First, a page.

On November 25, 2014, Plaintiff filed its Reply in support of its Motion for Summary Judgment. In it, Plaintiff raised new arguments to support that it adequately performed under the Agreement. Plaintiff relied on Martin's deposition to argue that there is no genuine issue of fact regarding whether it fulfilled its obligations under the Agreement. At his deposition, Martin, the former CEO of Defendant, testified that (1) he was "tremendously satisfied" with Plaintiff's services, (2) he believed that Plaintiff performed at a "significant level, " and (3) affirmed that Plaintiff satisfactorily performed some of the tasks required under the Agreement. See Martin Dep. at 73:15-24-78:16. Plaintiff also argued that Defendant is obligated to pay the amount owed under the Agreement because Defendant received the benefit of Plaintiff's services, and Defendant did not assert that Plaintiff failed to meet its contractual obligations during the term of the Agreement.

On December 5, 2014, the Court denied Plaintiff's Motion for Partial Summary Judgment on its breach of contract claim. The Court found that Plaintiff's conclusory allegations, made in its Response to Defendant's Motion for Summary Judgment and incorporated by reference in its own Motion for Partial Summary Judgment, were not supported by arguments or facts in the record. The Court also found that Plaintiff made new arguments in its Reply that were not raised in its Motion for Partial Summary Judgment, and that Plaintiff did not, in its Reply, assert or identify evidence to support that it provided all the "deliverables" required to be provided by the Agreement.

The Court noted that Plaintiff bears the initial burden to demonstrate the basis for its Motion for Partial Summary Judgment "by identifying those portions of the pleadings, depositions, answers to interrogatories, and admissions which it believes show that there is an absence of any genuine issue of material fact" on its breach of contract claim. See Hairston v. The Gainesville Sun Publishing Co., 9 F.3d 913, 918 (11th Cir.1993). The Court found that Plaintiff did not meet this burden. Its failure to do so was problematic because Plaintiff must show that it performed its obligations under the Agreement to recover damages, and to establish that a valid agreement exists. These issues are important here because Martin did not immediately sign the Agreement, and Defendant acknowledged, in August, 2011, that a written contract did not exist for the services provided to Defendant. See Corrosion Control, Inc. v. William Armstrong Smith Co., 251 S.E.2d 49 (1978) ("To recover damages, a party who bases his action on an express contract must have performed all his obligations under the contract.").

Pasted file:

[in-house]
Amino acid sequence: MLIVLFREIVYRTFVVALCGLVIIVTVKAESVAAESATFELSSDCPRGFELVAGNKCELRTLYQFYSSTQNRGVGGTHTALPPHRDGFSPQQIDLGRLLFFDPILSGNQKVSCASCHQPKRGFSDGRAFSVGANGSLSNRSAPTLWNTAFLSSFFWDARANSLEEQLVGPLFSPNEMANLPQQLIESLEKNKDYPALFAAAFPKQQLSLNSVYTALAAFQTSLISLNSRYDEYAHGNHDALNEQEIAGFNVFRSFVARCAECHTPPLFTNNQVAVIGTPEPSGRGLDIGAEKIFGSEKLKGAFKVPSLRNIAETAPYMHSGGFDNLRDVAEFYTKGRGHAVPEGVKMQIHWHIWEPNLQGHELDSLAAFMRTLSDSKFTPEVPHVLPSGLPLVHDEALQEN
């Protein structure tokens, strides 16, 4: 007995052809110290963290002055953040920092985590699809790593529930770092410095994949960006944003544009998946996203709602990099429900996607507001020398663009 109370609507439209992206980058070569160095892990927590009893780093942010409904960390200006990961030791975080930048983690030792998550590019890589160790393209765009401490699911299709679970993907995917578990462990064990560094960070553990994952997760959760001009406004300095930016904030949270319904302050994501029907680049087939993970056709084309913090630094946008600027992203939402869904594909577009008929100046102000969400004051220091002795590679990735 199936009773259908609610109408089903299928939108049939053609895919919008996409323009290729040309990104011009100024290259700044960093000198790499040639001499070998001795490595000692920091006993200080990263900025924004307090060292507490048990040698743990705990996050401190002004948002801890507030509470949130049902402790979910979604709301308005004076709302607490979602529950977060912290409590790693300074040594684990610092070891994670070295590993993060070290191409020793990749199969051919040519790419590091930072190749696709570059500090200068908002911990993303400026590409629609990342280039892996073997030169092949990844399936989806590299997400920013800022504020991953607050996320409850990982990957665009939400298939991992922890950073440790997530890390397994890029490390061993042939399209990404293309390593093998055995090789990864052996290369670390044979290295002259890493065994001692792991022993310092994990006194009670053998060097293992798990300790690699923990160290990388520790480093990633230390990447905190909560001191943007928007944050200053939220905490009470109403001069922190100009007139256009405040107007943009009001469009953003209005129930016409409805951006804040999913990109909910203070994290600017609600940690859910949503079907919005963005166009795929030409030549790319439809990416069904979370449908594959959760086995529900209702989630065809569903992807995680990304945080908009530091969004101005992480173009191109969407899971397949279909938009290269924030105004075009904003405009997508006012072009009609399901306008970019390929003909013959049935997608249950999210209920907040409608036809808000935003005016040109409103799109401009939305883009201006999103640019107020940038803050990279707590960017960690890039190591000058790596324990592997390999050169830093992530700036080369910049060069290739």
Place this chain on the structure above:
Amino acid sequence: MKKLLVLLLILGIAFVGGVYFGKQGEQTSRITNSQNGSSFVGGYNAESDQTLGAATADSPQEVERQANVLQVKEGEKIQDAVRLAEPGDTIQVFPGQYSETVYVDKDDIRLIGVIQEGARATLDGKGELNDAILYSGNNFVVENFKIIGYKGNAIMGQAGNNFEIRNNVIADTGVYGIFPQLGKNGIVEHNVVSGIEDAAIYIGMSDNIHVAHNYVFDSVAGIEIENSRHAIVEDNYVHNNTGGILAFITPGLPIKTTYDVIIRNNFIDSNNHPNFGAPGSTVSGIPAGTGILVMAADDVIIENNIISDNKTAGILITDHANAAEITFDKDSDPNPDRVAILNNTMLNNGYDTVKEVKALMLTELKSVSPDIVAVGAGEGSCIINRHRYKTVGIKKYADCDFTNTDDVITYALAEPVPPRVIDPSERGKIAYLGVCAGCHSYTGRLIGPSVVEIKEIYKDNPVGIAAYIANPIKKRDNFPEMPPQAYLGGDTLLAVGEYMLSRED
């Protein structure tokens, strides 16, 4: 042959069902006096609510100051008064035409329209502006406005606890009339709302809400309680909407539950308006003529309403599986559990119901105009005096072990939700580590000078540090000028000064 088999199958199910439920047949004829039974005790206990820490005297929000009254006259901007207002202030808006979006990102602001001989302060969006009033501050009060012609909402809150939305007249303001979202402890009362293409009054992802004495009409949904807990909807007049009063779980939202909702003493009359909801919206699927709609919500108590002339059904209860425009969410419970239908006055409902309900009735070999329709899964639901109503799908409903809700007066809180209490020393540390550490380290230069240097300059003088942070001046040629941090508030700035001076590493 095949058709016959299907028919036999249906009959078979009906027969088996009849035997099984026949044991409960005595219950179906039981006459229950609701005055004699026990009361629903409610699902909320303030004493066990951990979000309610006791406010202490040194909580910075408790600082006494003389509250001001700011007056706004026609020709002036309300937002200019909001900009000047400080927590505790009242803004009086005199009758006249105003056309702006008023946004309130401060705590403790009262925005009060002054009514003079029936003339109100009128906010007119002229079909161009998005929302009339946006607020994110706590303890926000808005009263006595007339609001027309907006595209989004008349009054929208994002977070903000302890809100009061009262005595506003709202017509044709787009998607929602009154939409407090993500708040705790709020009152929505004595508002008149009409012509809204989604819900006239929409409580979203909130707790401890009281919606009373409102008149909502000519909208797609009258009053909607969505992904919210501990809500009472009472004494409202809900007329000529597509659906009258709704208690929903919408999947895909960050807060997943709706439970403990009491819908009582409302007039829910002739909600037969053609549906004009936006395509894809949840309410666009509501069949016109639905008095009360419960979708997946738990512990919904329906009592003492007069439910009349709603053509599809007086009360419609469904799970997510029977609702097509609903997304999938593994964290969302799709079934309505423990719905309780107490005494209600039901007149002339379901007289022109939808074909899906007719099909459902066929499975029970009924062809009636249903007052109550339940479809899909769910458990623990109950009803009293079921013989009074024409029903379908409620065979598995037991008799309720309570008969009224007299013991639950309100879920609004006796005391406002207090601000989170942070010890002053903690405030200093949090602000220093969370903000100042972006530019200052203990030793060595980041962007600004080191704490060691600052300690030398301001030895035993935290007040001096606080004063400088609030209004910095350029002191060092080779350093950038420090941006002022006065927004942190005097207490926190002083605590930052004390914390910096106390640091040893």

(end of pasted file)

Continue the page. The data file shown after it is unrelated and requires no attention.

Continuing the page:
On December 21, 2014, Plaintiff moved for reconsideration of the Court's Order denying its Motion for Partial Summary Judgment. Plaintiff argues that paragraph 31 of its Statement of Material Facts ("SMF") was supported by Martin's testimony that Plaintiff provided the required deliverables under the Agreement. Paragraph 31 of Plaintiff's SMF provides that "Strategic Decisions provided the deliverables listed in the Agreement." See SMF ¶ 31. In support of paragraph 31, Plaintiff relied on pages 73-78 of Martin's deposition. When he was deposed, Martin reviewed the Agreement and testified that Plaintiff provided the deliverables required by the Agreement, and that he was "tremendously satisfied" with Plaintiff's performance. See Martin Dep. at 73:15-24-78:16.

Plaintiff also argues that the Court should not have considered Terry Giles' affidavit in denying its Motion for Partial Summary Judgment. Defendant submitted Giles' affidavit in support of its Motion for Summary Judgment. In January or February 2012, Giles decided not to pay Plaintiff the amount owed under the Agreement because, as the court-appointed custodian of Defendant, he determined that Plaintiff "did not provide detail regarding what work was actually performed pursuant to the Agreement or what benefit its services brought to the King Center." See Giles Aff. at ¶ 8. Plaintiff argues that Giles' opinion is not relevant because he did not serve as ...